Harold Hamm is an oil executive who has a personal net worth of $20 billion. That net worth makes Harold the richest person in Oklahoma by more than $7 billion. It also makes him the 23rd richest person in The United States, directly behind Microsoft's Steve Ballmer and directly ahead of Nike's Phil Knight. Hamm is a member of the Oklahoma Hall of Fame, one of Time Magazines' 100 Most Influential People in the World for 2012 and was Mitt Romney's official energy advisor during his failed Presidential campaign. Unfortunately Harold might be on track to add a new, significantly less admirable, accolade to his resume. At some point in the coming months, Harold Hamm might take ownership of the record for the most expensive divorce of all time.
Harold Hamm was born on December 11, 1945 in Lexington, Oklahoma to a dirt poor family of cotton sharecroppers. He is the youngest of 13 children. After graduating from high school, college was financially out of the question so Harold got a minimum wage job at a gas station in Enid Oklahoma. Hamm saved every penny he earned and at the age of 22 he founded the Shelly Dean Oil Company (named after his two eldest daughters). Harold saw very little success in his first seven years in the oil business. Finally, in 1974 he drilled a claim that would eventually go on to produce 75 barrels per day.
Shelly Dean Oil's lucky streak would continue for the next several decades most notably with large discoveries in North Dakota and Montana. In the 1990s, after the company's name was officially changed to Continental Resources, Harold Hamm had his biggest oil discovery of all time: The Bakken field of North Dakota. The Bakken field would turn out to be largest untapped source of oil in America since the 1960s and today produces more than 700,000 barrels per day. That represents 10% of all daily American oil production. The Bakken field is expected to produce a total of 24 billion barrels of oil which makes it one of the 15 largest oil discoveries in history. By comparison, the largest oil discovery ever, Saudi Arabia's Ghawar Field, produces 5 million barrels a day and is expected to produce as many as 83 billion barrels in its lifetime.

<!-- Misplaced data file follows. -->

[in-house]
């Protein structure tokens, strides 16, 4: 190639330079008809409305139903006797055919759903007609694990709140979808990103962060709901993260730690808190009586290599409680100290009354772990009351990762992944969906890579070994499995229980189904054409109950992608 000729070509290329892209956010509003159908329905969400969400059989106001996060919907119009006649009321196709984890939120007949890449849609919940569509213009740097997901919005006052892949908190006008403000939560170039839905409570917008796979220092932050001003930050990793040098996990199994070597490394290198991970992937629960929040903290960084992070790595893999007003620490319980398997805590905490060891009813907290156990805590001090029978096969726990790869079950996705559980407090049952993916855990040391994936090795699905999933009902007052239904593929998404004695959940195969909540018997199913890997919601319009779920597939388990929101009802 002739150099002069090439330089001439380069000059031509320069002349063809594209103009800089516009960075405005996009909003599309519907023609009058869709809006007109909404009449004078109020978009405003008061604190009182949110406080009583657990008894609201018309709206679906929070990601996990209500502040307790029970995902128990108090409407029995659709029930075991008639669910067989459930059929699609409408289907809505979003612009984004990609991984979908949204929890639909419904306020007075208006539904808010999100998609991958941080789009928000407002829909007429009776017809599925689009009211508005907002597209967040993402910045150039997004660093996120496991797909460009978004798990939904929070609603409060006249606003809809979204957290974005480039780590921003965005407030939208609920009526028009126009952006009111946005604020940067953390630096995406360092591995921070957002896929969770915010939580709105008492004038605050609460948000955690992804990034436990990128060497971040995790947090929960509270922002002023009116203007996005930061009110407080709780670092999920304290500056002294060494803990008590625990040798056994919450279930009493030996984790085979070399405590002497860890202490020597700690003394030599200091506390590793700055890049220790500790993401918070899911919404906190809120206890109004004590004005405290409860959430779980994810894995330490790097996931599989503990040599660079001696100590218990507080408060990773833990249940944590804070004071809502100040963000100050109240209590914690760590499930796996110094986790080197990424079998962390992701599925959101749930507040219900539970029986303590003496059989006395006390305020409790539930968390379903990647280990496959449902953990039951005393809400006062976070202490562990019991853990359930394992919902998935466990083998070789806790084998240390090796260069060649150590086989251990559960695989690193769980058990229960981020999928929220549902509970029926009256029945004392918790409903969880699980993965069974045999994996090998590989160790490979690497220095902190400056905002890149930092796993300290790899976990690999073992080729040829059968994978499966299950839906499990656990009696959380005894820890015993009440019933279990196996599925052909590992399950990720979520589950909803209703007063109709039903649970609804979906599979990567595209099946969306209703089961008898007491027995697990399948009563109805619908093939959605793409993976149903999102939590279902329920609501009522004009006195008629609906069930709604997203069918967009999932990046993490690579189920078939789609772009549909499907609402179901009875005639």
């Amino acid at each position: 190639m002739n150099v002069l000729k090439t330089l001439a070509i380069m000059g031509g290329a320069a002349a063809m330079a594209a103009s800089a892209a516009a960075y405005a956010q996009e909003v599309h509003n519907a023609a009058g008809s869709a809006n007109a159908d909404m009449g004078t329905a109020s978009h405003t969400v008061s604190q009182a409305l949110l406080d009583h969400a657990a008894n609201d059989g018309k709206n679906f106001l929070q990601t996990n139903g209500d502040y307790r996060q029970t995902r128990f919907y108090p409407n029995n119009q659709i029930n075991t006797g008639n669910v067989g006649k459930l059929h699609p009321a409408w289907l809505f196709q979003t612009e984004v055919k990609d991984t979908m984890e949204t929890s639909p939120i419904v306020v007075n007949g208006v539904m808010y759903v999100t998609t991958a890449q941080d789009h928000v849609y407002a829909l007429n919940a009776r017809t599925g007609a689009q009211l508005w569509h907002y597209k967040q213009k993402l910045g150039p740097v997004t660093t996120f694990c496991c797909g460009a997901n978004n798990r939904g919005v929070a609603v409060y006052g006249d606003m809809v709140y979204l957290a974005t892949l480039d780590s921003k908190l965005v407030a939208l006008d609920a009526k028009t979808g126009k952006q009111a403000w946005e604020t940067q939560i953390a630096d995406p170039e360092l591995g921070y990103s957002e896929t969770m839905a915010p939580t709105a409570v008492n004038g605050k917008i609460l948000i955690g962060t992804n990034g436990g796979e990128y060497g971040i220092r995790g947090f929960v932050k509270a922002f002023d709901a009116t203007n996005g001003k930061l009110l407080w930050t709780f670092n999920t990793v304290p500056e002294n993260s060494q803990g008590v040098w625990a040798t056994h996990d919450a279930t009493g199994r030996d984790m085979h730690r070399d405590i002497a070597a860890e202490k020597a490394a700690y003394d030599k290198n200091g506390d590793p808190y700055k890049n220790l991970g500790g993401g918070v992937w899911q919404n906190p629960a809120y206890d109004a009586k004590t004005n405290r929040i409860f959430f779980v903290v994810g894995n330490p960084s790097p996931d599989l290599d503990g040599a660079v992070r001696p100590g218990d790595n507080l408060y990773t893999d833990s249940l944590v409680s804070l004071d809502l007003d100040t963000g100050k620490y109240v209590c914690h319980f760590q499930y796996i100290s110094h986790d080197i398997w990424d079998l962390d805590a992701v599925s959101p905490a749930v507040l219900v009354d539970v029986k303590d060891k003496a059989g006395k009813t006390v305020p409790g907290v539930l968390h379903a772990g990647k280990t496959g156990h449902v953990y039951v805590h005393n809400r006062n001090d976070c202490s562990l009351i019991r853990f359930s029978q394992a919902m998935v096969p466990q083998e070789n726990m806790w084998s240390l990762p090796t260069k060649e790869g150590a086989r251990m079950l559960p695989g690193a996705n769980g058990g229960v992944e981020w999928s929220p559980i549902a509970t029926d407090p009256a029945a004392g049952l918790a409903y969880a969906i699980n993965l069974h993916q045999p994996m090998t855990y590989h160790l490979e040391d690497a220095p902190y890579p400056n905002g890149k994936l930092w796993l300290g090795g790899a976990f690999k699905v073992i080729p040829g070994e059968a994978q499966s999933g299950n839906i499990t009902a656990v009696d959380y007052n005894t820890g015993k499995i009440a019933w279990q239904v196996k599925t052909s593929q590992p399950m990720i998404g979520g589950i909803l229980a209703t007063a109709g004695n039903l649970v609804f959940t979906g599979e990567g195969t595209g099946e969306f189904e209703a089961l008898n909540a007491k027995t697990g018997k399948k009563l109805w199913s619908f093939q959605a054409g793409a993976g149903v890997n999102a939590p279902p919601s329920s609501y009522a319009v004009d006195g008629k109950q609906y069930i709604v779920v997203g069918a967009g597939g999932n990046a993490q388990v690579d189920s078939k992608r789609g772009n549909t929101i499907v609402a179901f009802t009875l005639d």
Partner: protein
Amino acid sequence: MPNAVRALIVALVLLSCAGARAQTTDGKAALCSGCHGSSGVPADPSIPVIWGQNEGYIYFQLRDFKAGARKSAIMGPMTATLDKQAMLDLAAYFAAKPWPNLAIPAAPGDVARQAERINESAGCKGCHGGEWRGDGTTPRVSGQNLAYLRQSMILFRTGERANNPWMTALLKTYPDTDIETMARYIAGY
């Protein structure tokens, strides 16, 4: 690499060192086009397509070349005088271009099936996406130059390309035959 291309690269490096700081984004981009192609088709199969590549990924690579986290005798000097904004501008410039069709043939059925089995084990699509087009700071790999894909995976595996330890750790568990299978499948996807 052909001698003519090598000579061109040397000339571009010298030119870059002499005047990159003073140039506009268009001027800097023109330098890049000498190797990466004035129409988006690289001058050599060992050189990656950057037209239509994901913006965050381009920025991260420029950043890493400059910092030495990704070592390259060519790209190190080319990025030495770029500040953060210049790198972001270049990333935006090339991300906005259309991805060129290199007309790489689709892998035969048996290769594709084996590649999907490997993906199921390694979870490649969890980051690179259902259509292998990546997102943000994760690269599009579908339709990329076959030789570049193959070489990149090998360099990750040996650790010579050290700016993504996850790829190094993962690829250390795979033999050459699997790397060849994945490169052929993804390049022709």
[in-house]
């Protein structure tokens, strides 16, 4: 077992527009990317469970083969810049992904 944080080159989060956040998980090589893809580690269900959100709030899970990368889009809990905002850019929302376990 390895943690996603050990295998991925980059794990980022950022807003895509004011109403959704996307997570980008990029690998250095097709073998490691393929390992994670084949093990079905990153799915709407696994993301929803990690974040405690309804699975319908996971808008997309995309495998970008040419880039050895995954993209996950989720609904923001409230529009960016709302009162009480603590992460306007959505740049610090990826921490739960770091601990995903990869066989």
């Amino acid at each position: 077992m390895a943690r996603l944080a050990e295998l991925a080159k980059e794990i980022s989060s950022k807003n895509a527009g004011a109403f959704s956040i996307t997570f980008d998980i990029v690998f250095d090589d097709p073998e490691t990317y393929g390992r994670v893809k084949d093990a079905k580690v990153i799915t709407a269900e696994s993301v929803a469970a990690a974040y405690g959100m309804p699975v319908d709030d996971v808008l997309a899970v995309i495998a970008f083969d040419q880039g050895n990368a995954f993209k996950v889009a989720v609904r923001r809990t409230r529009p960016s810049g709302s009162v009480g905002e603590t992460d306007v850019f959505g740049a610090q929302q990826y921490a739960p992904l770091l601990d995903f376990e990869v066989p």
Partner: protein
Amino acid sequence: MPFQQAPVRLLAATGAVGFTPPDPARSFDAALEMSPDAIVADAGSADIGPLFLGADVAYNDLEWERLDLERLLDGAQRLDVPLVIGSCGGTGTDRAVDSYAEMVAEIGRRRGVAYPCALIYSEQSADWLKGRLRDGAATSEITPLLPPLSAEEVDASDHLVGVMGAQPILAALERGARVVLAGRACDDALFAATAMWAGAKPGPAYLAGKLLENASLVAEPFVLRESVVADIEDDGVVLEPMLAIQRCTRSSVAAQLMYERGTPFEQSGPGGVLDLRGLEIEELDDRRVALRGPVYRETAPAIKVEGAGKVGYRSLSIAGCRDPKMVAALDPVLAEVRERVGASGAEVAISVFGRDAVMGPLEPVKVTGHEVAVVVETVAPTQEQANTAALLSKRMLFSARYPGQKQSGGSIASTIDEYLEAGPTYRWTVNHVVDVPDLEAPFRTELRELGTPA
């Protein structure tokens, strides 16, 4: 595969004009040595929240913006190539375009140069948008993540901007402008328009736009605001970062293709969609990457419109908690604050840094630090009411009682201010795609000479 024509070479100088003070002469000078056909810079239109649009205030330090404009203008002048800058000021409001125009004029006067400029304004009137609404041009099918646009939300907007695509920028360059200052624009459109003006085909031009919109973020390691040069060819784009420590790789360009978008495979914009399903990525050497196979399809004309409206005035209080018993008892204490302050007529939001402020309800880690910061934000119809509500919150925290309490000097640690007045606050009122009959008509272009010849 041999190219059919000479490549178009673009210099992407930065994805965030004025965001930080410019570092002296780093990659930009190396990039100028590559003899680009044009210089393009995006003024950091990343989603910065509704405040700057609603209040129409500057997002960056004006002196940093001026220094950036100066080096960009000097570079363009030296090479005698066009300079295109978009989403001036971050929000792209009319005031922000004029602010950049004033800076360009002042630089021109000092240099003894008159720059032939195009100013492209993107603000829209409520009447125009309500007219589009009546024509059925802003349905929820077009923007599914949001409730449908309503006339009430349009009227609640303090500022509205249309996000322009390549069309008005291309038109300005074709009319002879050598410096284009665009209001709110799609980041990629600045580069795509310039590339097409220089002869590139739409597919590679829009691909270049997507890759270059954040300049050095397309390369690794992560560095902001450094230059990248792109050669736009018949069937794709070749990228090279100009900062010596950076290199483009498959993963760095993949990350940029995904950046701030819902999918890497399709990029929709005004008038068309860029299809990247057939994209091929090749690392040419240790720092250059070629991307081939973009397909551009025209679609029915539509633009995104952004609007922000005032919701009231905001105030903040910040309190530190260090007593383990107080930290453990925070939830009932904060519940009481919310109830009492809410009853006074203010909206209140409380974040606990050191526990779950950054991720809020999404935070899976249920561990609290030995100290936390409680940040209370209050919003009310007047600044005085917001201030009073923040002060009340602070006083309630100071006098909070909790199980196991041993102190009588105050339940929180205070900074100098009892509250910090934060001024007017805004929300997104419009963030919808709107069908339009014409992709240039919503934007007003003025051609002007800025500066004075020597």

Thanks largely to the Bakken field discovery, Continental has grown into one of largest and most powerful petroleum producers in America. Today, Continental Resources is the fourth largest publicly traded company in Oklahoma with over 500 employees, $2.4 billion in annual revenue and a market cap of $16 billion! Throughout this rapid growth, Harold Hamm managed to maintain a 70% controlling stake of the company, which as of this writing has given him a net worth of $20 billion! Harold is the largest "owner" of oil in the United States.
In April 1988, fresh off divorcing his first wife, and more importantly just a few months before the Bakken discovery, Harold met and married a rising young executive at his own company named Sue Ann. The future Sue Ann Hamm would eventually rise to be one of the top executives at Continental. Sue Ann organized large scale oil-industry trade groups and even testified to Congress on behalf of Continental before she left to raise the couple's two young children Jane and Hilary. Unfortunately the happy marriage began to unravel in 2010 when Sue Ann allegedly caught Harold with another woman. Over the next two years, the couple became more estranged until Sue Ann finally filed for divorce in May 2012. At the time of their marriage, Continental Oil was valued at $50 to $100 million. Today the company has a market cap north of $27 billion.